French Impressionist Camille Pissarro was at the center of two restitution battles: The University of Oklahoma agreed to return La Bergère Rentrant des Moutons (Shepherdess Bringing in Sheep) to French Holocaust survivor Léone Meyer (the canvas will henceforth be shared between the school’s Fred Jones Jr. Museum of Art and a to-be-named French museum); and the long-running case between Spain’s Thyssen-Bornemisza Museum and David Cassirer returned to court.

The contentious Cornelius Gurlitt case also continued, with a Munich court ruling that the Nazi-tainted collection will go not to his family, but to the Museum of Fine Arts in Bern. Moving forward, we have our eye on the high-profile case over a suite of paintings once owned by Jewish art dealer Alfred Flechtheim, now held by the German state of Bavaria, that reportedly passed through the hands of Gurlitt’s father, Hildebrand. Flechtheim’s heirs are suing for the artworks’ return.

Havi Shanz, Donald Trump. Courtesy of Havi Shanz/@HaviArt.

Havi Shanz, Donald Trump. Courtesy of Havi Shanz/@HaviArt.

7. Donald Trump Purchased His Portrait With Charity Money
In their election-season investigations of Donald Trump, the Washington Post discovered that the reality star, now our president-elect, spent money from his charitable foundation to purchase not one but two portraits of himself. The first, a six-foot-tall Michael Israel canvas, was painted on the spot at a 2007 benefit auction, where Melania Trump bid first $10,000, and then $20,000, to take it home.

In 2014, Trump picked up a second piece featuring his portrait by Argentinian artist Havi Schanz, for $10,000 at a charity gala. Altogether, the Post found that Trump misused $258,000 of foundation funds.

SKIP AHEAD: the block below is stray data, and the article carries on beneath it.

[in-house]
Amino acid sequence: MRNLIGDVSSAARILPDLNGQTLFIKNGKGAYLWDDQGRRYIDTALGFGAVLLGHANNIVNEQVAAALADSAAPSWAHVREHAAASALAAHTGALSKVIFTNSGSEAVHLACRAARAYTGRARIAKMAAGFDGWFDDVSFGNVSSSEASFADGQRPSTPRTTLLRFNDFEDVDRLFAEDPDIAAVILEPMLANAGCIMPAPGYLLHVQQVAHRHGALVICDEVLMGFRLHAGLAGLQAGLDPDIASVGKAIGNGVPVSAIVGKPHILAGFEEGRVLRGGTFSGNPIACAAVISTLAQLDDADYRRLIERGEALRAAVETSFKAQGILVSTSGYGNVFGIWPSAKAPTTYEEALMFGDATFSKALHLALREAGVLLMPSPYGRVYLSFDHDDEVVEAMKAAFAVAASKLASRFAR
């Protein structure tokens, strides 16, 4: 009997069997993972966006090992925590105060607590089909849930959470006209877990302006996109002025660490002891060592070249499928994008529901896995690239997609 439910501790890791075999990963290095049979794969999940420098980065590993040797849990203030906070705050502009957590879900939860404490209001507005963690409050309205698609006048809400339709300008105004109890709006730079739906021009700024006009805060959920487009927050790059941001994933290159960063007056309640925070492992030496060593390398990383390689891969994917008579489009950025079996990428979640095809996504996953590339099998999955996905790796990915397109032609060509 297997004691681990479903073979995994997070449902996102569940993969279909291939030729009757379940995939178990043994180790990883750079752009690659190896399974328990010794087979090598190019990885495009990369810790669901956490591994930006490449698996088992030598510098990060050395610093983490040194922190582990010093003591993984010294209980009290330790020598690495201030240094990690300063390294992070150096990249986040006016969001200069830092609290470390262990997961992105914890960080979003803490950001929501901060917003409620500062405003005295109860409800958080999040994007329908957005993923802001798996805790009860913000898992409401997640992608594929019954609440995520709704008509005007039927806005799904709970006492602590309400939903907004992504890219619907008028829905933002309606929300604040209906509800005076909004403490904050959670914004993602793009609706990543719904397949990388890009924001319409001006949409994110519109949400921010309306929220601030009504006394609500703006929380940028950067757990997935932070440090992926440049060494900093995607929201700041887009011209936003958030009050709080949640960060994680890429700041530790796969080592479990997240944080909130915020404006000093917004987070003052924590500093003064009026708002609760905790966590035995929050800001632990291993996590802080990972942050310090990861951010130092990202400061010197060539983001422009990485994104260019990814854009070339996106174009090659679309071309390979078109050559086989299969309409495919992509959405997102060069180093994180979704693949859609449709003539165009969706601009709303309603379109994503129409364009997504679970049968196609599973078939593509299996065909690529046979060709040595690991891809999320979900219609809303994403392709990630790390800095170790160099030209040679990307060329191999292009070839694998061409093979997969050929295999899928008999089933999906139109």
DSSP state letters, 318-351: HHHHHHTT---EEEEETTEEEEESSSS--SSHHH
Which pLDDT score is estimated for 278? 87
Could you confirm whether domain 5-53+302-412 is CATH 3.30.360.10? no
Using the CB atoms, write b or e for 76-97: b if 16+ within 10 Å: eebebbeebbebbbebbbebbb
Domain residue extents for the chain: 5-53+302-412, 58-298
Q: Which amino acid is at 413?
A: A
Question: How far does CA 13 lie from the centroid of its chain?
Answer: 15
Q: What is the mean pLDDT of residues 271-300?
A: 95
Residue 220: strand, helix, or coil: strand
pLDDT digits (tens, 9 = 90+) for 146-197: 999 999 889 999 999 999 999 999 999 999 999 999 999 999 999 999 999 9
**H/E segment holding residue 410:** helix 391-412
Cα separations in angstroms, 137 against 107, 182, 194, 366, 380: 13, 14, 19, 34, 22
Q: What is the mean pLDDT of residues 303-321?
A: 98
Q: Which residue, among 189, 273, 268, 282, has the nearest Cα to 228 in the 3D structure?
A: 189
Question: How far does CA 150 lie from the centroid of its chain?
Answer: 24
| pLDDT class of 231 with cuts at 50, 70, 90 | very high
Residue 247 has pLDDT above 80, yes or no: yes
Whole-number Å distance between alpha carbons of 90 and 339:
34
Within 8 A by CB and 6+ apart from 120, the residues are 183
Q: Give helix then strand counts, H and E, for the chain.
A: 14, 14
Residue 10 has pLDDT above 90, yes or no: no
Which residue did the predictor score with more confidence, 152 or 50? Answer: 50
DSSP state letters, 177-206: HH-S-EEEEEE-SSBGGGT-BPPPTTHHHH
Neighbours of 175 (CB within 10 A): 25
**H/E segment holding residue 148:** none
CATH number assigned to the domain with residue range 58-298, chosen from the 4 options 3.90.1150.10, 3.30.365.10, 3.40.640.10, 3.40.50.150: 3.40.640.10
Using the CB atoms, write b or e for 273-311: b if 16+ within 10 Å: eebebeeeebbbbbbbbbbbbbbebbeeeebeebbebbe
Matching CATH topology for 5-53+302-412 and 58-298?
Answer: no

Peter Doige, desert landscape. Courtesy ARIS Title ‏@ARIS_ArgoGroup via Twitter.

Peter Doige, desert landscape. Courtesy ARIS Title ‏@ARIS_ArgoGroup via Twitter.

8. Peter Doig vs Peter Doige
In a particularly perplexing legal battle, artist Peter Doig was forced to go to court to prove that a trippy desert scene was not in fact an early example of his work.

While making his defense, the painter had to prove that he had not been incarcerated in Thunder Bay, Ontario, in 1976, and that the piece was actually, in a truth-is-stranger-than-fiction coincidence, created by the hand of a since-deceased man named Peter Doige. (The difference in the pronunciation of the two names was a constant point of confusion during the trial).

Doig ultimately won the case, but the fact that he had to defend himself before a judge remains scandalous. “Artists, like scholars and other experts, are—and should be—able to express their opinions about the authenticity of art works without fear of being sued—and, if they are sued, without having to mount an expensive defense that includes a full-blown trial,” art lawyer John Cahill told artnet News.

Jerry Saltz.Photo: Patrick McMullan.